SAVANNAH, Ga. - Miki and Dave Allgire noticed the curious looks given to their daughter Samantha after she was born.
But lately their baby's misshapen head is less likely to draw stares.
"There are people who meet her who don't know right away," Mr. Allgire said.
The Allgires credit a custom-made, 6-ounce, pink helmet Sam has worn day and night for about a month as a low-risk alternative to surgery.
The custom-fitted plastic helmet with an open top and foam lining was developed by a team of engineers and doctors to apply gentle pressure to Sam's head.
The goal is to correct the deformity caused by a hole Sam had in her head in utero.
This disorder, called an encephalocele, was caused by a defect in the fusion of the cranial bone and required surgery immediately after birth. It left Sam with a pointy head.
Sam's helmet is called a Dynamic Orthotic Cranioplasty, or DOC Band, made by Arizona-based Cranial Technologies Inc. and approved by the U.S. Food and Drug Administration.
The process of making Sam's helmet began in the company's Atlanta clinic near Northside Hospital.
A cast of her head was made and sent to Tempe, Ariz., where technicians carefully mold the band.
Helmets are increasingly being used to reshape babies' heads, some for serious health problems like Sam's, but others for skull deformities that can be prevented.
Deformities such as positional plagiocephaly, or flat head, have increased sixfold since the "Back to Sleep" campaign began, WebMD reported in 2000.
This occurs when babies sleep exclusively on their backs and have consistent pressure on their soft, forming skulls. As a result, they develop flat spots on their heads.
A national American Academy of Pediatrics campaign that began in 1992 urged parents to have their infants sleep on their backs to decrease the risk of sudden infant death syndrome, or SIDS.
The campaign has cut the SIDS rate by more than 40 percent. But that obvious benefit has a side effect: a marked increase in cases of positional plagiocephaly. About 90 percent to 95 percent of the helmets made by Cranial Technologies are to correct positional molding of the head.
Although that disorder is usually resolved by time and Mother Nature, in some severe cases doctors prescribe helmets.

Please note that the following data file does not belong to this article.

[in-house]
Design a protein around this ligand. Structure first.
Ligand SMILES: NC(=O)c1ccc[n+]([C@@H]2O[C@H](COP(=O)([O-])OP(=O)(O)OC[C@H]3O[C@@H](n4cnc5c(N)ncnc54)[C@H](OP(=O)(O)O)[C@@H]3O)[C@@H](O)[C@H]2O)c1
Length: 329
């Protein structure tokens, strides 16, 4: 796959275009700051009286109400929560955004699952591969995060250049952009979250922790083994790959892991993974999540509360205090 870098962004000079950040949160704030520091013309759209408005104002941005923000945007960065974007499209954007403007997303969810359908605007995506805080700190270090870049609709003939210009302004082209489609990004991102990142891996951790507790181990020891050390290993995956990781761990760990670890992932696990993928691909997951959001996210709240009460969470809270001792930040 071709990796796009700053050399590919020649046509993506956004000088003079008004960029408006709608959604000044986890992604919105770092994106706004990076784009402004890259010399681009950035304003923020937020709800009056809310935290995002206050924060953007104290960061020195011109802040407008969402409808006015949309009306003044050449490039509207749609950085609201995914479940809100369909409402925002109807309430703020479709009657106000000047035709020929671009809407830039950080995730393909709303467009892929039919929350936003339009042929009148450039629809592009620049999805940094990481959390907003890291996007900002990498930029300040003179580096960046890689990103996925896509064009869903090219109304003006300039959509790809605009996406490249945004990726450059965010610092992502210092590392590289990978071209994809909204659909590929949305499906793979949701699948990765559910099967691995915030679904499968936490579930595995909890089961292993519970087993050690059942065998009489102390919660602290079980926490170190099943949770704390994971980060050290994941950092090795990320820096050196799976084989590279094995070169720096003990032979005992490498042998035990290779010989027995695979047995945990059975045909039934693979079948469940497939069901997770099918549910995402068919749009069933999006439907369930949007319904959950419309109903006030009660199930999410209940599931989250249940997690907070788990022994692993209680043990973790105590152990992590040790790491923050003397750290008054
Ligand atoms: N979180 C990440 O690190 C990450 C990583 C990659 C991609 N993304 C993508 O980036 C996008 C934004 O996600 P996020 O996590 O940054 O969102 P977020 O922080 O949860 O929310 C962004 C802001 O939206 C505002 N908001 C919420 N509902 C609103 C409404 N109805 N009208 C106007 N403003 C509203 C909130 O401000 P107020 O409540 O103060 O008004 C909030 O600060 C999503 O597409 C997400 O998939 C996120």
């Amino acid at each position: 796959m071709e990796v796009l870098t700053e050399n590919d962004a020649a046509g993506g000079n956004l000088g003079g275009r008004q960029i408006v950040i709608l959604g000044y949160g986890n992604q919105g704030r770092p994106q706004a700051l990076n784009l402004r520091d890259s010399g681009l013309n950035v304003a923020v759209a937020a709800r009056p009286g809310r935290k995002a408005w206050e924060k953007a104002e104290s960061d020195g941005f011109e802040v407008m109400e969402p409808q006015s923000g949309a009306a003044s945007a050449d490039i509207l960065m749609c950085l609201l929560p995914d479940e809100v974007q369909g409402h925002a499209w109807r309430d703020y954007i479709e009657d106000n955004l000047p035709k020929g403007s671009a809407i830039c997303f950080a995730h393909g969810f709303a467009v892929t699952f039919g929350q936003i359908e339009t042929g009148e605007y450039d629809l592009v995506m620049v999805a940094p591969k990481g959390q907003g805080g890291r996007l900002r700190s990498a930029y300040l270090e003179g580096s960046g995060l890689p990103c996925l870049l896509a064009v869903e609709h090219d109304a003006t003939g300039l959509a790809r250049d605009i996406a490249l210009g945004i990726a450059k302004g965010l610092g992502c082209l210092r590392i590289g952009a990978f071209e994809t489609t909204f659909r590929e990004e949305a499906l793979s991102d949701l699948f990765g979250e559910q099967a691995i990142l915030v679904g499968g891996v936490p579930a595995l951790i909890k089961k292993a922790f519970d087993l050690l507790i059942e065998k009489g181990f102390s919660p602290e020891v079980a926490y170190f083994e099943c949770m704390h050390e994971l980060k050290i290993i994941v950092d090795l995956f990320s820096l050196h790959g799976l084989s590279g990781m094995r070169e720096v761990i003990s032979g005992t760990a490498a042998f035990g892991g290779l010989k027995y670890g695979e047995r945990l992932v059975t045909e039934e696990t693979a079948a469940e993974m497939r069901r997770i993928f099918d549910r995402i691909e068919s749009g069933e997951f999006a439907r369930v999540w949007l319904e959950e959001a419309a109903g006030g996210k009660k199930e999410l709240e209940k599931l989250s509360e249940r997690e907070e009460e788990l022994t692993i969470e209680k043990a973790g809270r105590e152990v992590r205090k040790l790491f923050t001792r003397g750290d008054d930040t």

The deformity can be prevented by having babies spend supervised time on their tummies so they exert more muscle action.
Experts recommend placing them on their stomachs when they are awake and supervised or putting children to sleep on their backs in varying places in the room, so their attention will be drawn in different directions, and limiting time in car seats and other infant carriers.
Head deformities in babies also are on the rise because of premature births, restricted in-utero space in multiple births and an increase in children born to mothers in their 30s and 40s who have to fight against their tight uterus.
Children with plagiocephaly usually wear them about 23 hours a day for an average of 4 months.
Tim Littlefield, a biomedical engineer and vice president of Cranial Technologies, said many skull deformities treated with helmets can be prevented.
"We overuse car seats and swings and bouncy seats," Mr. Littlefield said.
"Parents are so afraid of SIDS they leave them in the seats 24 hours a day. If we can get the word out about the importance of supervised tummy time, we all win, because we don't need to be treating as many of the deformities as we do."
What is an infant helmet?
Samantha's helmet is called a Dynamic Orthotic Cranioplasty, or DOC Band.
The lightweight plastic bands, made by Arizona-based Cranial Technologies Inc., apply gentle pressure to the heads of infants.
Mild pressures are applied to capture the growth of an infant's head, limiting growth in the prominent areas and encouraging it in the flat regions. Adjustments are made to the band weekly or biweekly. Length of treatment depends on the age of the infant and the severity of the condition.
Each helmet costs $3,000.
Most helmets are used to correct a skull deformity called positional plagiocephaly, also called flat head, which happens when babies spend too much time on their backs.
Donations can be made to the Samantha Allgire fund, P.O. Box 61629 Savannah, GA 31420